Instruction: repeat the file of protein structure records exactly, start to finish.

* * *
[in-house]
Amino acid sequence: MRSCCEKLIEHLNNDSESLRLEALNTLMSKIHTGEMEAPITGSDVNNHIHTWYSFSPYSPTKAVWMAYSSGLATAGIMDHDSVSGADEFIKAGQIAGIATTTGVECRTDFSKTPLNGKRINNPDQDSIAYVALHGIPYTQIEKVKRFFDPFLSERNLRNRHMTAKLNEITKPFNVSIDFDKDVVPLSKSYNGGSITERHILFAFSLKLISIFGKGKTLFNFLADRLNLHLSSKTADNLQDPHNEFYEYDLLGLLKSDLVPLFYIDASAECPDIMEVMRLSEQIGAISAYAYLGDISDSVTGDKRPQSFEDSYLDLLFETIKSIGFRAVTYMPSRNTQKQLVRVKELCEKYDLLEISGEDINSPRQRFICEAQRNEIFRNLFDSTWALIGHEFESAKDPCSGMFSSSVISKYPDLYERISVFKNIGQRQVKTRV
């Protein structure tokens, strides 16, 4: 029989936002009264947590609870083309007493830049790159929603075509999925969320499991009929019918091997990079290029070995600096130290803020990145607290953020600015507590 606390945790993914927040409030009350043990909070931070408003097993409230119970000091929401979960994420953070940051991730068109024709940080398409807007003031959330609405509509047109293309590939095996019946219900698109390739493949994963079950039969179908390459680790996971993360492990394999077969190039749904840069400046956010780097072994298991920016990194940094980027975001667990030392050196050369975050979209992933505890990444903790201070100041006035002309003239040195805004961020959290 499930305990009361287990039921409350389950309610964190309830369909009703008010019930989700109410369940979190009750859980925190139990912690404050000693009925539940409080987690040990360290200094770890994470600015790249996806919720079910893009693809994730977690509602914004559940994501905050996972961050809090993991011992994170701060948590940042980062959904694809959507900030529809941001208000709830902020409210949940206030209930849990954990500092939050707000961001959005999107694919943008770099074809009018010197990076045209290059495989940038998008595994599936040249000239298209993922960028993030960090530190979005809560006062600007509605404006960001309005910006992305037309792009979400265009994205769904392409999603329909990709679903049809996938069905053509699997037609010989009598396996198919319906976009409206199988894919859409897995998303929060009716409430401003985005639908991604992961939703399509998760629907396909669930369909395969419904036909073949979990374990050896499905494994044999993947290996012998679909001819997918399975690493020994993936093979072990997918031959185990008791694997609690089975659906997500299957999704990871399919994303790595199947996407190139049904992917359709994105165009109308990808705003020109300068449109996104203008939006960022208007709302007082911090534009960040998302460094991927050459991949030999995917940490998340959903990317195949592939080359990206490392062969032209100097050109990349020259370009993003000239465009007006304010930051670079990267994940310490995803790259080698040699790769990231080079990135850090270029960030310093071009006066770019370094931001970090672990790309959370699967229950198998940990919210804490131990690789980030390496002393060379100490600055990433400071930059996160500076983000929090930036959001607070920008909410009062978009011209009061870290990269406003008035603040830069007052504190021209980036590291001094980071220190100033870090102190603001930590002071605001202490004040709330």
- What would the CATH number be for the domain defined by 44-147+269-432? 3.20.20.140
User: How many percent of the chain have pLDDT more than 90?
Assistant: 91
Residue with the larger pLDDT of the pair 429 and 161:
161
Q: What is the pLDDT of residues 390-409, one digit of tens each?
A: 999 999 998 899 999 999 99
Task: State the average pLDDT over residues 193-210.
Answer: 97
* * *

[in-house]
Amino acid sequence: MRSCCEKLIEHLNNDSESLRLEALNTLMSKIHTGEMEAPITGSDVNNHIHTWYSFSPYSPTKAVWMAYSSGLATAGIMDHDSVSGADEFIKAGQIAGIATTTGVECRTDFSKTPLNGKRINNPDQDSIAYVALHGIPYTQIEKVKRFFDPFLSERNLRNRHMTAKLNEITKPFNVSIDFDKDVVPLSKSYNGGSITERHILFAFSLKLISIFGKGKTLFNFLADRLNLHLSSKTADNLQDPHNEFYEYDLLGLLKSDLVPLFYIDASAECPDIMEVMRLSEQIGAISAYAYLGDISDSVTGDKRPQSFEDSYLDLLFETIKSIGFRAVTYMPSRNTQKQLVRVKELCEKYDLLEISGEDINSPRQRFICEAQRNEIFRNLFDSTWALIGHEFESAKDPCSGMFSSSVISKYPDLYERISVFKNIGQRQVKTRV
């Protein structure tokens, strides 16, 4: 029989936002009264947590609870083309007493830049790159929603075509999925969320499991009929019918091997990079290029070995600096130290803020990145607290953020600015507590 606390945790993914927040409030009350043990909070931070408003097993409230119970000091929401979960994420953070940051991730068109024709940080398409807007003031959330609405509509047109293309590939095996019946219900698109390739493949994963079950039969179908390459680790996971993360492990394999077969190039749904840069400046956010780097072994298991920016990194940094980027975001667990030392050196050369975050979209992933505890990444903790201070100041006035002309003239040195805004961020959290 499930305990009361287990039921409350389950309610964190309830369909009703008010019930989700109410369940979190009750859980925190139990912690404050000693009925539940409080987690040990360290200094770890994470600015790249996806919720079910893009693809994730977690509602914004559940994501905050996972961050809090993991011992994170701060948590940042980062959904694809959507900030529809941001208000709830902020409210949940206030209930849990954990500092939050707000961001959005999107694919943008770099074809009018010197990076045209290059495989940038998008595994599936040249000239298209993922960028993030960090530190979005809560006062600007509605404006960001309005910006992305037309792009979400265009994205769904392409999603329909990709679903049809996938069905053509699997037609010989009598396996198919319906976009409206199988894919859409897995998303929060009716409430401003985005639908991604992961939703399509998760629907396909669930369909395969419904036909073949979990374990050896499905494994044999993947290996012998679909001819997918399975690493020994993936093979072990997918031959185990008791694997609690089975659906997500299957999704990871399919994303790595199947996407190139049904992917359709994105165009109308990808705003020109300068449109996104203008939006960022208007709302007082911090534009960040998302460094991927050459991949030999995917940490998340959903990317195949592939080359990206490392062969032209100097050109990349020259370009993003000239465009007006304010930051670079990267994940310490995803790259080698040699790769990231080079990135850090270029960030310093071009006066770019370094931001970090672990790309959370699967229950198998940990919210804490131990690789980030390496002393060379100490600055990433400071930059996160500076983000929090930036959001607070920008909410009062978009011209009061870290990269406003008035603040830069007052504190021209980036590291001094980071220190100033870090102190603001930590002071605001202490004040709330």
- What would the CATH number be for the domain defined by 44-147+269-432? 3.20.20.140
User: How many percent of the chain have pLDDT more than 90?
Assistant: 91
Residue with the larger pLDDT of the pair 429 and 161:
161
Q: What is the pLDDT of residues 390-409, one digit of tens each?
A: 999 999 998 899 999 999 99
Task: State the average pLDDT over residues 193-210.
Answer: 97